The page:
Taif Altaf is an alumnus of Delhi Public School Srinagar and currently studies at Sciences Po, France. He is a voracious reader and an adept writer. He has worked as a Lead Editor for Gaash, and has made major contribution in content research for the publication.
Q1. What plan of action did you adopt for course selection while applying to universities after high school? Do commonly acclaimed strategies like elimination and reverse engineering offer fruitful results?
Even though I did not have a very clear cut strategy for choosing my universities or courses, I had a broad idea of what interested me and how the different course outlines provided by different universities could possibly align with my personal interests. At the same time, financial aid, scholarships and living costs were some of the major issues that made me move beyond just the basic academic aspects of choosing a university. During my university selection, Sciences Po seemed like a good option to me because it provided some foundational courses during the first semester after which students could choose different courses based on their interests. So, in a sense, during that time, I had enough leeway to take into consideration what subjects interested me and how I could possibly take my interests forward.
In other words, I do think that the process of elimination works better than reverse engineering because interests change and analysing everything from a futuristic perspective can become confusing after a point of time. At the same time, I do think that having a broad idea of where one wants to end up helps one filter out things that might make us lose focus in one way or another. So, I think that if and only if there is one acclaimed strategy that can help students choose universities after high school, it might be a mean between reverse engineering and elimination; taken as two ends of a thread, it is perhaps better to be somewhere in between; to have a broad idea in mind and try to move towards it by choosing from the repertoire of choices you are offered, given your circumstances.
Q2. In addition to your degree in Political science, what are the academic and non – academic projects that you are currently working on?
Besides my major, Sciences Po has minor workshops which include fiction writing and other creative writing courses. To contextualize, my academic projects are usually somewhere under the broad umbrella of political philosophy, law and political sciences; these include studying comparative constitutionalism, doing an introductory course on political sciences while simultaneously referring to political philosophy for a better understanding of the two. Beyond these two main interests, my non-academic activities include my work as the editor of my college magazine named Le Dragon Dechaine, or the LDD. At the start of 2021, I worked with them as a columnist under the column title “Letters to a Friend”. I have written three pieces, most of which I have shared with Gaash as well. As of now, I am working as the English editor of the magazine while simultaneously doing my work as the columnist. To add to this, and I realize that this may sound like a CV, but that is not my intention, I am working on a few short stories that I wish to complete by the end of this academic year. The first draft of one of my short stories, I have shared with Gaash and your editorial team. Hopefully, I can look into publishing once I have crafted my final draft.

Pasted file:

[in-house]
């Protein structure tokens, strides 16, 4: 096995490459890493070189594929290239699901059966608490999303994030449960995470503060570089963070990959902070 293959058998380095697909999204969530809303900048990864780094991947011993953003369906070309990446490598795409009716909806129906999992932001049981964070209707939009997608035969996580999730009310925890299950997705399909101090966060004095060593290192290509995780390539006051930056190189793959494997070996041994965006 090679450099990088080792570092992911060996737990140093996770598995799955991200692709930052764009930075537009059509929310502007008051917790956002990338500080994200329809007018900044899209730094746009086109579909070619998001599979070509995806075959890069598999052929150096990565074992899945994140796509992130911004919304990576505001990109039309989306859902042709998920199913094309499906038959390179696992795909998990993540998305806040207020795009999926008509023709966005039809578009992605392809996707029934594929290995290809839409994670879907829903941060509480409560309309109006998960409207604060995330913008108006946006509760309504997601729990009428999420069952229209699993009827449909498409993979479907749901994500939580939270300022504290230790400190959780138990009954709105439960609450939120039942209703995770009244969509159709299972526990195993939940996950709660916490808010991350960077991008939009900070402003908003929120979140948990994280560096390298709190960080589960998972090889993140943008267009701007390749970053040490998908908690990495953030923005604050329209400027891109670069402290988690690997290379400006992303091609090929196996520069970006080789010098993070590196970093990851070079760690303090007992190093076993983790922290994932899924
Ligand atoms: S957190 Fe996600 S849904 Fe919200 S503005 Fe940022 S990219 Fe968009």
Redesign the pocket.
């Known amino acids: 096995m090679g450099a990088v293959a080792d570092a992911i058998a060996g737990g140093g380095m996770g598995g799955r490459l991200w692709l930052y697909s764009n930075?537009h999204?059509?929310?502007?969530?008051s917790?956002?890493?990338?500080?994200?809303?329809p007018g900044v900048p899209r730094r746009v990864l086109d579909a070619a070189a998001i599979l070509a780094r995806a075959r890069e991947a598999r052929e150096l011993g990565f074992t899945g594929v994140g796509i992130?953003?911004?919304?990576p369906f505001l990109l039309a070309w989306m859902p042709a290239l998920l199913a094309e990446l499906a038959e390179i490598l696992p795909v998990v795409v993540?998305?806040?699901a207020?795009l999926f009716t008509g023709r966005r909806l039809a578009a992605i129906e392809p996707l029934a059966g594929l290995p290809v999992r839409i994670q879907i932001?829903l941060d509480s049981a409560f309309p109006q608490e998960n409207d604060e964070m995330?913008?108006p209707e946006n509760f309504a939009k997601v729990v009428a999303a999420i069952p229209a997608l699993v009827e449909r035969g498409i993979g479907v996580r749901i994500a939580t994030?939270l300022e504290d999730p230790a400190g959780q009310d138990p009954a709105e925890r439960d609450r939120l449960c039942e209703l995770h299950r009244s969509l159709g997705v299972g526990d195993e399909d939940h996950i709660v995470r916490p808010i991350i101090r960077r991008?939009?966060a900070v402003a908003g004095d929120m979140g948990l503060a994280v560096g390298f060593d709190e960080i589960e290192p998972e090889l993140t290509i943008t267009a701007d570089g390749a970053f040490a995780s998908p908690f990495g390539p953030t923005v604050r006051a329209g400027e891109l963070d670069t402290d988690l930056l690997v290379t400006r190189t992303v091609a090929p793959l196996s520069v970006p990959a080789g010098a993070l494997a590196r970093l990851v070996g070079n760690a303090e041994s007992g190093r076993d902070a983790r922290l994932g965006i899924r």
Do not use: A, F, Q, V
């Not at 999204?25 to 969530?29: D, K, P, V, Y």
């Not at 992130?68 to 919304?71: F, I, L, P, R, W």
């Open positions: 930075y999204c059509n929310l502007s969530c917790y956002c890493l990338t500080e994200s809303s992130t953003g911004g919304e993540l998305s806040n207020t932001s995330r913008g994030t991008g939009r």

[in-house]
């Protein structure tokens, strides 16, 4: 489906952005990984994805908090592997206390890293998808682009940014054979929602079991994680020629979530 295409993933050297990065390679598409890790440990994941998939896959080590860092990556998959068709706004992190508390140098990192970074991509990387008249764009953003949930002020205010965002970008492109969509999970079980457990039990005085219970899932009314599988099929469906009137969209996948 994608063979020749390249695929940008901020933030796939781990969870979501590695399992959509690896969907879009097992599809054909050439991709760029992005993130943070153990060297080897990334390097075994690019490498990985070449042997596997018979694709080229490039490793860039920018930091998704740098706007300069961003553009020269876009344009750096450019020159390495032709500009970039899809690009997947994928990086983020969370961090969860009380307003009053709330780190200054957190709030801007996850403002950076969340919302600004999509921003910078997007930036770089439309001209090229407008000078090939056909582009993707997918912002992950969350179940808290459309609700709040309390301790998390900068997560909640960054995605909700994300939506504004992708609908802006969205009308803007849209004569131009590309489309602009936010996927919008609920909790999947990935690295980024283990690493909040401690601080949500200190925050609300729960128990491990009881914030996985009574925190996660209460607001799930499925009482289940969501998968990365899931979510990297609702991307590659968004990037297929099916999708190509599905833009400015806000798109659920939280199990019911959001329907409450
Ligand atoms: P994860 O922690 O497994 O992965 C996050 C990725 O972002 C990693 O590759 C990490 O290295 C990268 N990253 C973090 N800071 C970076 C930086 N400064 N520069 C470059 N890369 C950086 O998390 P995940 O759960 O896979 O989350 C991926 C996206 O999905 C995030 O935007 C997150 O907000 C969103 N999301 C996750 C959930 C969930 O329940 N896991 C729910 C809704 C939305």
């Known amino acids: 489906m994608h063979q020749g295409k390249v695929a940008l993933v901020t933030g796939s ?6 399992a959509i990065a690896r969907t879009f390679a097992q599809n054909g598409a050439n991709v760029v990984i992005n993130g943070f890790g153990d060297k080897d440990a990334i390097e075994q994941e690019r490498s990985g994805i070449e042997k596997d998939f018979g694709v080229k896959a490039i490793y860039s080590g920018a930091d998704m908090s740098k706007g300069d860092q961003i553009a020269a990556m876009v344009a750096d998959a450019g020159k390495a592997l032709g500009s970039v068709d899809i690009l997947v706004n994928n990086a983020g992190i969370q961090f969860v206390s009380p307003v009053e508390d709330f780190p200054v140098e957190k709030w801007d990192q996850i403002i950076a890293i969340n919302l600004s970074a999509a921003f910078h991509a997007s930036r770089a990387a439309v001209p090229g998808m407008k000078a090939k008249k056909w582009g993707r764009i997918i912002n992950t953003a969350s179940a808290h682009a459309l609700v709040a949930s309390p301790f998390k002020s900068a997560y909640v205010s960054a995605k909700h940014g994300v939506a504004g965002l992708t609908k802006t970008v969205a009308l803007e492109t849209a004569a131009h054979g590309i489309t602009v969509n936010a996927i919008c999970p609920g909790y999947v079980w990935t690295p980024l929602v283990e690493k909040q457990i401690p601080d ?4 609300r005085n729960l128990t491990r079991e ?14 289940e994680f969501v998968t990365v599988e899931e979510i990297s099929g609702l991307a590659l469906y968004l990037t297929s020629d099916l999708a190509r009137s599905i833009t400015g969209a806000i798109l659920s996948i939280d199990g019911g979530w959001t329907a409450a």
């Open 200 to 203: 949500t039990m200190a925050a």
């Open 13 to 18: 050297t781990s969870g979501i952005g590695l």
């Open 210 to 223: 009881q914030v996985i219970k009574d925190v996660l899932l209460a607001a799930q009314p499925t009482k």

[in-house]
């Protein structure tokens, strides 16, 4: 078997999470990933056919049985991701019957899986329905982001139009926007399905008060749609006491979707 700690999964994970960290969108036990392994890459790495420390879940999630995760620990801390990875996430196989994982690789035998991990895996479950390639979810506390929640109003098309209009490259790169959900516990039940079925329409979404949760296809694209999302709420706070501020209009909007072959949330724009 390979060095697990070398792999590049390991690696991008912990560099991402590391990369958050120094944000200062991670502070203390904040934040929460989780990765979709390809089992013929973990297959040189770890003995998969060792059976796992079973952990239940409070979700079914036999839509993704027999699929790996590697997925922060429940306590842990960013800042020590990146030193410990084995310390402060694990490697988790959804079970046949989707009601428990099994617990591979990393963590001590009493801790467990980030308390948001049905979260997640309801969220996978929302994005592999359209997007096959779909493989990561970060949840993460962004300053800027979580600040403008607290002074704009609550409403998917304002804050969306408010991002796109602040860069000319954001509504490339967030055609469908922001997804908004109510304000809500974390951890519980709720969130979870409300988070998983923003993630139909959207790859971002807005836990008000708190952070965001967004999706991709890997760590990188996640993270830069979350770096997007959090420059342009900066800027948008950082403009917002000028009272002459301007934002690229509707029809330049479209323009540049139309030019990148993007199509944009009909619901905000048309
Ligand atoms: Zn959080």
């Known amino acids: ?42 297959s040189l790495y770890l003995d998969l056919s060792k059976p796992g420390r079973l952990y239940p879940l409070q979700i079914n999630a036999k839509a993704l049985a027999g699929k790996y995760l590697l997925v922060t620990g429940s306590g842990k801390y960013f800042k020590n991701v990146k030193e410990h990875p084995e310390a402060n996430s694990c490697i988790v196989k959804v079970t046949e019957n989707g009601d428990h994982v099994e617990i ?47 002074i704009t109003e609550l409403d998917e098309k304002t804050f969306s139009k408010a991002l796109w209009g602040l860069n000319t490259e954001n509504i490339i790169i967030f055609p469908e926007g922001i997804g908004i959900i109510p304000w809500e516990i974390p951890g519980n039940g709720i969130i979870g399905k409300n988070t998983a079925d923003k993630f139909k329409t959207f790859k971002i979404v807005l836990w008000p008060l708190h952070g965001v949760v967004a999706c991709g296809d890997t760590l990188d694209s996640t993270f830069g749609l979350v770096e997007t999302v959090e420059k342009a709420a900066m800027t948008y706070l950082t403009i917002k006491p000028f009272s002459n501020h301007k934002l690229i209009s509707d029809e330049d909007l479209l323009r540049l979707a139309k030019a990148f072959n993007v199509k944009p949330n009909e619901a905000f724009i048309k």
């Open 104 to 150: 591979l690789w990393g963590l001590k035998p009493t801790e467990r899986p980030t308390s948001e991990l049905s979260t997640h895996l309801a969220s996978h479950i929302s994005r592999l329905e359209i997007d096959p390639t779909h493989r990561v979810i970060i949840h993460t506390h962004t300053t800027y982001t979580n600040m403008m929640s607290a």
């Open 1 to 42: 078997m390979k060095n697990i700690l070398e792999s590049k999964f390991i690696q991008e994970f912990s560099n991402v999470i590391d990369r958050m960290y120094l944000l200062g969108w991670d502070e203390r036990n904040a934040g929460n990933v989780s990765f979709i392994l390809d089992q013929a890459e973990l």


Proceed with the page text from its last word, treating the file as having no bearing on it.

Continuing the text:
Q3. If given a chance to relive your high school years, would there be any calculated changes or intentions you would want to set for yourself that could have possibly translated into better choices?
When I look back on my high school years, I can only create low resolution images of everything that passed me by, my classes, the walk up the ramps to the classroom, and everything that happened in between these moments. It seems almost surreal that in those moments beside a friend, or listening to a lecture in the classroom, there was no sense of loss whatsoever but just the same as everyone around me, each moment looked over in the present piles up as the unknown in the past; everything undermined now is never to be known again, to be re-lived or felt, and that understanding, is something I lacked on a personal level. There has to be a sense of urgency in observation, in learning and everything that entails our school life; as I recall my high school, I feel that I lacked that understanding, or that level of mindfulness. I understand that we cannot always be calculative and sometimes all we desire is just to live like any other student in India but being Kashmiris, we carry the baggage of history. Whether we like it or not, we are the sum total of our history, we are the culmination of countless individuals who have worked and sacrificed a lot for us to be here now, and it is that consciousness and that understanding that makes us want to stay strong in the face of this world. I think I should have internalized this during my high school–perhaps because I think there is no other way out of this.